Psychologist Reveals 5 Reasons Not To Share Your Feelings With Your Partner

You are the master of your own feelings.

Woman content with keeping her feelings to herself as man looks at her janiecbros | Canva 

Often, in therapy, I encourage emotionally inexpressive men to share more of their feelings with their wives. But, this should not be taken to imply that sharing feelings with a partner is always a net positive. Many of my clients share more feelings than they need to, and this is not healthy communication at all, but rather a codependency or anxious attachment issue. Just like any other area of life, moderation, or sharing some feelings, is healthier than either extreme; it is equally unhealthy to share none of your feelings as it is to share all of your feelings.


(Note that this post will be particularly helpful to you if you were raised by a narcissistic parent or one with Borderline Personality Disorder, two types of parents that confide in their children when they shouldn’t.)

Here are 5 reasons not to share your feelings with your partner:

1. It can be manipulative.

I see many relationships where the more emotionally expressive partner (this can also be the man, by the way) uses their emotions as a way to blackmail the other partner. They express their distress, anger, or anxiety not only to vent and get emotional support but to force the other partner to do what they want. Example: “I am scared that you will cheat on me at the party” means to both partners that he is not going to allow her to go to the party and/or will make her life miserable if she goes.   


RELATED: 17 Signs Someone Is Manipulating You

2. It can be self-centered.

In many couples, the one who expresses more emotions gets center stage a lot more of the time. A person going on and on about their emotions occupies a lot of airtime, and the other partner may never get to share their feelings, especially if they are not comfortable interrupting the other (and it may always be interruption if the litany is continuous).

5 Reasons Why Not To Share Your Feelings With Your PartnerPhoto: fizkes / Shutterstock


RELATED: 5 Tiny Ways You're Selfish In Your Relationship (Without Realizing It)

3. It does not allow you to solve your problems.

If every time you feel bad, you rush to your partner to make the pain go away, you never learn that emotions can pass on their own and that you have the strength to survive them. You assume that you would not be able to tolerate difficult emotions without your partner, which then makes you terrified about them ever leaving you or not being present with you (at extremes, this means you never want them to leave your side). You do not get to sit with your difficult feelings and learn that you can come out the other side.

4. It can be short-sighted and unkind.

If you think that your spouse is being a jerk and they have upset you by acting selfish, perhaps they have a good reason for it that will come to the fore if you wait a little bit of time before confronting them with your feelings. Everyone deserves some grace, and the excuse, “I’m just telling you how I feel” is frequently used as an excuse for unkindness, e.g. keeping someone up late when they are exhausted to talk about how upset you are with them, focusing on their negative qualities when they are going through a hard time themselves, or bringing up a fight that you want to rehash when they are on a deadline for work. “Expressing your feelings” should not have to happen right this second, and, often, if you wait a bit, your feelings recede and other priorities, like the relationship as a whole, come to the fore.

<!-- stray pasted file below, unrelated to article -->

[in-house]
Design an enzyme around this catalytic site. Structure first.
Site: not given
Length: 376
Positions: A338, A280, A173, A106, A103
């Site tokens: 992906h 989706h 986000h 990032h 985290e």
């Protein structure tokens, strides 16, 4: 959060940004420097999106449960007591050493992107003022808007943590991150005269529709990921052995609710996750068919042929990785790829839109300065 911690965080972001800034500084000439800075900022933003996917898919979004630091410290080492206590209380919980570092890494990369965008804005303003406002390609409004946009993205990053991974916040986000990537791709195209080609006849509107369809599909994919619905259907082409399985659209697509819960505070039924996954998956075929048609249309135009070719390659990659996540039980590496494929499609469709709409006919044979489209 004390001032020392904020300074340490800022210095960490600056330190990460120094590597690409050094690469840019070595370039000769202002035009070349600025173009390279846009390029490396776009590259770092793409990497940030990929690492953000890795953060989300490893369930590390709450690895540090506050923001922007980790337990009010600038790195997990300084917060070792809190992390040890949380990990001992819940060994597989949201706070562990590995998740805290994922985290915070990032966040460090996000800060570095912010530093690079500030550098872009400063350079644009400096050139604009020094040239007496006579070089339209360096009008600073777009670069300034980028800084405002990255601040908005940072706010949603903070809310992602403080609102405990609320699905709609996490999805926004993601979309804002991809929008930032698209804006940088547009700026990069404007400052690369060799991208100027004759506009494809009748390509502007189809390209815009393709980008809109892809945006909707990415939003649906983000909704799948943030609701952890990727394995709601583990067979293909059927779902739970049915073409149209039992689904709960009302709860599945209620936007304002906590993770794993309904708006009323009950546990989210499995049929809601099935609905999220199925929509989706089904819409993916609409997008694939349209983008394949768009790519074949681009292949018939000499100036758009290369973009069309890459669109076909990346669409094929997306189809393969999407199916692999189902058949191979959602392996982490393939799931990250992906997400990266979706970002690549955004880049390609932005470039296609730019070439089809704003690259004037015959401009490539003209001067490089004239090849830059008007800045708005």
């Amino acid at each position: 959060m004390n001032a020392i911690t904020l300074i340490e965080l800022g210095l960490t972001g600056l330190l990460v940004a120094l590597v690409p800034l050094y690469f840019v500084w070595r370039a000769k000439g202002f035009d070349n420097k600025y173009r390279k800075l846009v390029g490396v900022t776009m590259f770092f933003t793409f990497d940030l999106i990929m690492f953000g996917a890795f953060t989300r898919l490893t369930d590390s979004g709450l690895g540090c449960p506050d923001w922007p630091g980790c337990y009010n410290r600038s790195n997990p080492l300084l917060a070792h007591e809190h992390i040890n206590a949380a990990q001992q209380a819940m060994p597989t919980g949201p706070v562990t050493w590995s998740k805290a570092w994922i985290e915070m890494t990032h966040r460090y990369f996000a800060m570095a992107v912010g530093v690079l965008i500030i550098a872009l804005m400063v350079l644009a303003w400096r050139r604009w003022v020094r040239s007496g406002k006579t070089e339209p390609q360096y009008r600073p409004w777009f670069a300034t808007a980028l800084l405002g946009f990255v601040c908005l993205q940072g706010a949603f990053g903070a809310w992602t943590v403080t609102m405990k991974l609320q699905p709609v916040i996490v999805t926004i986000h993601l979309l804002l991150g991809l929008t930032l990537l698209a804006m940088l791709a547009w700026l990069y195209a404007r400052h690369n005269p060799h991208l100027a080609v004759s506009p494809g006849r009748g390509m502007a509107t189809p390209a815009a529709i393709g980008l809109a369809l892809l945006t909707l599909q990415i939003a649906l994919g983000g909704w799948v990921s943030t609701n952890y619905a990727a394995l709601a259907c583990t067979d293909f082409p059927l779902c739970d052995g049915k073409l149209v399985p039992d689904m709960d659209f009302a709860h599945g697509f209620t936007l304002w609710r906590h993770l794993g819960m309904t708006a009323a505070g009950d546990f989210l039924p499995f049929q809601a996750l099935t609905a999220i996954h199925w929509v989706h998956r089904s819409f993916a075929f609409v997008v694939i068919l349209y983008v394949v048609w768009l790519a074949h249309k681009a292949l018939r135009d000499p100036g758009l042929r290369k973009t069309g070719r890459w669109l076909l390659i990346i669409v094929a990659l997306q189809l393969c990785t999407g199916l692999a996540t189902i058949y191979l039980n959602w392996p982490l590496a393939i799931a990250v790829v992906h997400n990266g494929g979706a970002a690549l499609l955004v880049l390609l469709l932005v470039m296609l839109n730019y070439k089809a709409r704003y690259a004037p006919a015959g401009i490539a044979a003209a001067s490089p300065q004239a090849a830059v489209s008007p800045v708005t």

RELATED: 13 Signs You Hurt Your Partner’s Feelings And How To Make Things Right


5. It may sabotage a team approach.

Your feelings cannot be the end point of every discussion. I see couples where “I just don’t want to do X” is the end of the spouse’s rationale. This ranges from not wanting sex to not wanting to plan a date to not wanting to do a chore to not wanting to discuss at all. Sometimes, in a relationship, we have to do things that we don’t immediately want to do, or may never want to do, but we do them to be a good team player. When one or both partners use their feelings to get out of doing things they don’t want to do, it can impede a team-oriented approach that would benefit both partners long term.



There you have it, reasons why sharing feelings is not always the best thing to do. Share this post with your partner, whether you are the oversharer or undersharer of feelings. There is not just one way to be happy; all couples need to find their path. For many people, a more measured, tactful, and focused approach to sharing feelings may help right the ship of your marriage. 

RELATED: 3 Expert Tips For Expressing Your Feelings To Your Partner Effectively


Dr. Samantha Rodman Whiten, aka Dr. Psych Mom, is a clinical psychologist in private practice and the founder of DrPsychMom. She works with adults and couples in her group practice Best Life Behavioral Health.